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Showing posts from July, 2016

Removing Fire Odor

The odors which permeate fire sites originate in combustion products that were distributed as part of the smoke plume. They deposit as particles that continue to emit odors broadly characterized as “smoky”. The odors are eliminated or substantially abated with removal of fire residues by cleaning, demolition or removing affected items. These deodorization methods are sometime called subtractive because they remove the odor-emitting particles without introducing other odors. In general, subtractive deodorization is preferable because, properly performed, it is permanent and benign in its environmental impact.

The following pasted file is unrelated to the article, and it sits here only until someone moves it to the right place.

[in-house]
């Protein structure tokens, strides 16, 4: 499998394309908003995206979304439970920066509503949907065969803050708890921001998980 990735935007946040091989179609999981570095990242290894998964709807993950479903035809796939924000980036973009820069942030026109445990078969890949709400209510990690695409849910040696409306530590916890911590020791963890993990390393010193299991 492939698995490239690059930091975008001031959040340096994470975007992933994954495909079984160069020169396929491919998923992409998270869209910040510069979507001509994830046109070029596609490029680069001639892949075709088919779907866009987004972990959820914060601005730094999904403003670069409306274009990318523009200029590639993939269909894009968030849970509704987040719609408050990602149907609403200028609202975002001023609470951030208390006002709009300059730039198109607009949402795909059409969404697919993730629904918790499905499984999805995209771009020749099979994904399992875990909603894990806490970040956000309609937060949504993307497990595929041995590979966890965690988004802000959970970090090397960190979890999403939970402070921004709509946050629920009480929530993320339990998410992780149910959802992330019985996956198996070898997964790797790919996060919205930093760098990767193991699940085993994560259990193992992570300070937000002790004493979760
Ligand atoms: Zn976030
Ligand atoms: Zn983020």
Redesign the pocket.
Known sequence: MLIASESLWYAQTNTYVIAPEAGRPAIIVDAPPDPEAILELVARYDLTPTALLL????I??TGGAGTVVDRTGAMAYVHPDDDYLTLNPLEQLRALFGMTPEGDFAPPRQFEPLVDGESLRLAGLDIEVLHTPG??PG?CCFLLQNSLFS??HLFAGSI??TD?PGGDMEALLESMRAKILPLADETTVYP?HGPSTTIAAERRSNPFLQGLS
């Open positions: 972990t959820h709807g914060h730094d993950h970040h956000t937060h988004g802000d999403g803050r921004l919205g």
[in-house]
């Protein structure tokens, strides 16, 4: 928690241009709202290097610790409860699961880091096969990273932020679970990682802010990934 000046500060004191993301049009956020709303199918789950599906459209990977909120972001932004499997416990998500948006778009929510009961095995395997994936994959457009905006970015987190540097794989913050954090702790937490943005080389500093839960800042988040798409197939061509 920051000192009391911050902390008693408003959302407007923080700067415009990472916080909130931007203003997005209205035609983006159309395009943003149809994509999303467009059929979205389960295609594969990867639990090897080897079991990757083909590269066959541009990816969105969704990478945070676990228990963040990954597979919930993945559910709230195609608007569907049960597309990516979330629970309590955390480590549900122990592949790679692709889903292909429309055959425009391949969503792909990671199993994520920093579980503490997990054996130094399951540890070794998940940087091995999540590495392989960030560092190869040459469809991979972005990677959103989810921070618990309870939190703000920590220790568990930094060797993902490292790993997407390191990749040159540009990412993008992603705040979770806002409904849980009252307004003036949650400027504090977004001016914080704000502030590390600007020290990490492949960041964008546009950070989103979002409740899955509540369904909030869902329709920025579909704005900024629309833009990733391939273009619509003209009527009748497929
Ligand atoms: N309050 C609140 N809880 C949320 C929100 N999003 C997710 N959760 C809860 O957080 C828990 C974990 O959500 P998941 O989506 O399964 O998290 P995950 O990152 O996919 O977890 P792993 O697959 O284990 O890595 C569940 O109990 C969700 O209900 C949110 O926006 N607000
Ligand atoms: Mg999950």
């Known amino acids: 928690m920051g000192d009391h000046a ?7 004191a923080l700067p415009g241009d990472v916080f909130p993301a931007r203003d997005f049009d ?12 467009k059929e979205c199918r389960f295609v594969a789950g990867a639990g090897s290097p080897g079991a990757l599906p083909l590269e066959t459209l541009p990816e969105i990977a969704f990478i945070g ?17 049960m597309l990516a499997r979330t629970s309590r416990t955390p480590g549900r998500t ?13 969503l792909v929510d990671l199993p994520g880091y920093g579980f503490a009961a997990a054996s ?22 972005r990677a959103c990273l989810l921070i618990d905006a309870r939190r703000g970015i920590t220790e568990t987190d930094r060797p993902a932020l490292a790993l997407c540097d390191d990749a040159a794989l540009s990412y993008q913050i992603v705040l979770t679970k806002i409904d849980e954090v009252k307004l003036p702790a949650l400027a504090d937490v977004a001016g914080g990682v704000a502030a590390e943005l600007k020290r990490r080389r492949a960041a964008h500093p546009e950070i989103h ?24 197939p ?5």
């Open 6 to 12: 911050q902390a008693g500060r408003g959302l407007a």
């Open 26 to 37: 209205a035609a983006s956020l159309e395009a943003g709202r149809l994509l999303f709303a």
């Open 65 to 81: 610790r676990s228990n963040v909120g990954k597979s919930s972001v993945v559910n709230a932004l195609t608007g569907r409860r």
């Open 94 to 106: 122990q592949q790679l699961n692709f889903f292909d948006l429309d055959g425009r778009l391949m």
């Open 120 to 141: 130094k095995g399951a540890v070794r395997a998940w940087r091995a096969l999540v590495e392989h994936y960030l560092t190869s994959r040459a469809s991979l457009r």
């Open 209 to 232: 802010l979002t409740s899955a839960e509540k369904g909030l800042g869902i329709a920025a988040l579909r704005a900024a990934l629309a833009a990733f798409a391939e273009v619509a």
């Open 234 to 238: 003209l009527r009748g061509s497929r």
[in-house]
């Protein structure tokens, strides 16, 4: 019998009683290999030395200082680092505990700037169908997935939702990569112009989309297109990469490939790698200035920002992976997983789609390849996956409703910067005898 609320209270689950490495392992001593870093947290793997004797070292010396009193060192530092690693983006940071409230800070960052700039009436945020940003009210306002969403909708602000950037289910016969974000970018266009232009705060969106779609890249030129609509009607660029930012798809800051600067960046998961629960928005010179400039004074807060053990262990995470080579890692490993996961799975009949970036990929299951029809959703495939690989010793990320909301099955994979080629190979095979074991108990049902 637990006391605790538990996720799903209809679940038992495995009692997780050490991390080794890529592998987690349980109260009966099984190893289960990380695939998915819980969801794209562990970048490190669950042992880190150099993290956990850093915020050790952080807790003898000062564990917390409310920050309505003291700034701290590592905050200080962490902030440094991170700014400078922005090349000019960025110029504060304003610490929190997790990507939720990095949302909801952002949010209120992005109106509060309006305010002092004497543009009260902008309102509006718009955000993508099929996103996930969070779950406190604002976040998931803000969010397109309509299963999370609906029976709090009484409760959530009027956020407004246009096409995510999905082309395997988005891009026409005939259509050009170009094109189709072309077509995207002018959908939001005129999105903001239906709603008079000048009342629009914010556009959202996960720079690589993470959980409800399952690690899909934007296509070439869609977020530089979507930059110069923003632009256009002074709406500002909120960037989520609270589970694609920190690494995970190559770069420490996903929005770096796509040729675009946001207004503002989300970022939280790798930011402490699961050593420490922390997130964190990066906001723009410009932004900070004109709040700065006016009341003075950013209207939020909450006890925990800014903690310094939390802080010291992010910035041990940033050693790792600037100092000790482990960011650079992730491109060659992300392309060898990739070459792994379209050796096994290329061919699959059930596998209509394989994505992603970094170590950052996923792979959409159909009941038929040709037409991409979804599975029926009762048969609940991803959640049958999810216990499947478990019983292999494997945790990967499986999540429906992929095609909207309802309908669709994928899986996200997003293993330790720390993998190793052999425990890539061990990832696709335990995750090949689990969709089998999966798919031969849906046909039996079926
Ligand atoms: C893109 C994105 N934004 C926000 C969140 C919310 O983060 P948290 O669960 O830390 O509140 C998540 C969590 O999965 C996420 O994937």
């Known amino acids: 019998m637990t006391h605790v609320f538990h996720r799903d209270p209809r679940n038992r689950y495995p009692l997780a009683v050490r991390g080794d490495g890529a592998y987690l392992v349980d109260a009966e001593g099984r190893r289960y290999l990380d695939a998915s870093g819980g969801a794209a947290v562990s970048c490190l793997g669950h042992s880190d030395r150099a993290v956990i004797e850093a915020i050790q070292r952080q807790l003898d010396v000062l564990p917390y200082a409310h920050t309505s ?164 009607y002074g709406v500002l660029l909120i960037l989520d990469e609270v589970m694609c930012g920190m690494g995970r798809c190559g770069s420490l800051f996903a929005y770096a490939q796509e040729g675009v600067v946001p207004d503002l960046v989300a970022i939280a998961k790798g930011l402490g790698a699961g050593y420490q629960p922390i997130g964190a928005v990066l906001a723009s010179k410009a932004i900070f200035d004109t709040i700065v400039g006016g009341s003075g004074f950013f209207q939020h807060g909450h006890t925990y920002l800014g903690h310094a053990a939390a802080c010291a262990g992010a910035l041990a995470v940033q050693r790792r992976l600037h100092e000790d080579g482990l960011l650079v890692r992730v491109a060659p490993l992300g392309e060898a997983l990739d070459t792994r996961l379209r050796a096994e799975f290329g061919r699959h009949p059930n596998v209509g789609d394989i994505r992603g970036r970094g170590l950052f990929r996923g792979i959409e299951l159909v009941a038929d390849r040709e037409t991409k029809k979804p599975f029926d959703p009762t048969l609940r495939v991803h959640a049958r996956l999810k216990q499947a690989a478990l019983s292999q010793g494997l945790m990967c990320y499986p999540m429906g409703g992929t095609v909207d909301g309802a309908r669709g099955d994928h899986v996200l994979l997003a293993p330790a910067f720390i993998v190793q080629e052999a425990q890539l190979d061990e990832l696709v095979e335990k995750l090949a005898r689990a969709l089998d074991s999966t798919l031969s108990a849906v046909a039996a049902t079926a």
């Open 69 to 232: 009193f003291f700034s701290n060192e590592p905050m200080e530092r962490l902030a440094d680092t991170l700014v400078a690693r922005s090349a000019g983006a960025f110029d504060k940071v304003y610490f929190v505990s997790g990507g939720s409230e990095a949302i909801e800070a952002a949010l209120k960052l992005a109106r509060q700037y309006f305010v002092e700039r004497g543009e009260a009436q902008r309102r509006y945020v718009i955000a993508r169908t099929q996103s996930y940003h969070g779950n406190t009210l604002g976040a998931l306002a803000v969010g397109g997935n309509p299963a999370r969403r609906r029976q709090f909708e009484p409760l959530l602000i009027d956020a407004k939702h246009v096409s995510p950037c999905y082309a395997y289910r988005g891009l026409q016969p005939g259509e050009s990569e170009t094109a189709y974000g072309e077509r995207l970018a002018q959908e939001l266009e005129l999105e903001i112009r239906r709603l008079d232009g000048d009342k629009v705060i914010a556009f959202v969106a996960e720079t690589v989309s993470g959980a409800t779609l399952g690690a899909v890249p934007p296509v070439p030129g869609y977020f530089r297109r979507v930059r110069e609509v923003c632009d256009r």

Fire residues vary in intensity, as do the odors they emit. Procedures for removing fire residues and odors range from mild to aggressive, and are limited by the character of the affected surface. For example, textiles for clothing and upholstery tolerate a narrower range of cleaning procedures than wood or porcelain. Silk and wool impose more constraints than nylon. It is an inesc…